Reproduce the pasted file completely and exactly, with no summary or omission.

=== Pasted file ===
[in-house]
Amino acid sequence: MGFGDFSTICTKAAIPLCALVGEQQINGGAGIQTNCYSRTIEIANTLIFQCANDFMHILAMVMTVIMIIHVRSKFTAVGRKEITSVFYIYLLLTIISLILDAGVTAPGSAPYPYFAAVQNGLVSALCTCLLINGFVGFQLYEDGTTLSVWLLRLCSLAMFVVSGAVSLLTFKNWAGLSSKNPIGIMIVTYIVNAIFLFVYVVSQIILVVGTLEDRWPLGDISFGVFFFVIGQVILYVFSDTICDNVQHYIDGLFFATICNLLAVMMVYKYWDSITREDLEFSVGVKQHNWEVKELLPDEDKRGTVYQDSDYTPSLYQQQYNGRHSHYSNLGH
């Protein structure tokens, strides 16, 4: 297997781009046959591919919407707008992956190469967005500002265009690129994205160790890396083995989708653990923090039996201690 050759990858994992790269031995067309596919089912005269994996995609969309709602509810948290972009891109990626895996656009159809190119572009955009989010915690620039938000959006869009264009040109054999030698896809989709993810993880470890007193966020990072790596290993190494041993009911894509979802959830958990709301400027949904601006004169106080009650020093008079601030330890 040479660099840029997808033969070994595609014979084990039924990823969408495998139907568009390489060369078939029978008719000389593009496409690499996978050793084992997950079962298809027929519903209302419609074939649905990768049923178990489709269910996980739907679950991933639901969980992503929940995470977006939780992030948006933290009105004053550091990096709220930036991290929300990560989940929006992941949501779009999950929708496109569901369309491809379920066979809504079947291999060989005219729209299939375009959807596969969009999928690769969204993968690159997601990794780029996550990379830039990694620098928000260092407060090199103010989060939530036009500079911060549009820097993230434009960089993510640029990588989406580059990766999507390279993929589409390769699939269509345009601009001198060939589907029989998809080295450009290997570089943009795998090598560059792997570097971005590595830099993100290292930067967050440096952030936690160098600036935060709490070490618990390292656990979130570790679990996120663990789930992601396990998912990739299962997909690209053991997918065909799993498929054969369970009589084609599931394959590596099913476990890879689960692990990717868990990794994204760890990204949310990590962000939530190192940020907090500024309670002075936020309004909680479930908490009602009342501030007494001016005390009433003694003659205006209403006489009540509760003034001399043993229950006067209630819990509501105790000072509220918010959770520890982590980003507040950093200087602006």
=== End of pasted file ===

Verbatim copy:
[in-house]
Amino acid sequence: MGFGDFSTICTKAAIPLCALVGEQQINGGAGIQTNCYSRTIEIANTLIFQCANDFMHILAMVMTVIMIIHVRSKFTAVGRKEITSVFYIYLLLTIISLILDAGVTAPGSAPYPYFAAVQNGLVSALCTCLLINGFVGFQLYEDGTTLSVWLLRLCSLAMFVVSGAVSLLTFKNWAGLSSKNPIGIMIVTYIVNAIFLFVYVVSQIILVVGTLEDRWPLGDISFGVFFFVIGQVILYVFSDTICDNVQHYIDGLFFATICNLLAVMMVYKYWDSITREDLEFSVGVKQHNWEVKELLPDEDKRGTVYQDSDYTPSLYQQQYNGRHSHYSNLGH
């Protein structure tokens, strides 16, 4: 297997781009046959591919919407707008992956190469967005500002265009690129994205160790890396083995989708653990923090039996201690 050759990858994992790269031995067309596919089912005269994996995609969309709602509810948290972009891109990626895996656009159809190119572009955009989010915690620039938000959006869009264009040109054999030698896809989709993810993880470890007193966020990072790596290993190494041993009911894509979802959830958990709301400027949904601006004169106080009650020093008079601030330890 040479660099840029997808033969070994595609014979084990039924990823969408495998139907568009390489060369078939029978008719000389593009496409690499996978050793084992997950079962298809027929519903209302419609074939649905990768049923178990489709269910996980739907679950991933639901969980992503929940995470977006939780992030948006933290009105004053550091990096709220930036991290929300990560989940929006992941949501779009999950929708496109569901369309491809379920066979809504079947291999060989005219729209299939375009959807596969969009999928690769969204993968690159997601990794780029996550990379830039990694620098928000260092407060090199103010989060939530036009500079911060549009820097993230434009960089993510640029990588989406580059990766999507390279993929589409390769699939269509345009601009001198060939589907029989998809080295450009290997570089943009795998090598560059792997570097971005590595830099993100290292930067967050440096952030936690160098600036935060709490070490618990390292656990979130570790679990996120663990789930992601396990998912990739299962997909690209053991997918065909799993498929054969369970009589084609599931394959590596099913476990890879689960692990990717868990990794994204760890990204949310990590962000939530190192940020907090500024309670002075936020309004909680479930908490009602009342501030007494001016005390009433003694003659205006209403006489009540509760003034001399043993229950006067209630819990509501105790000072509220918010959770520890982590980003507040950093200087602006």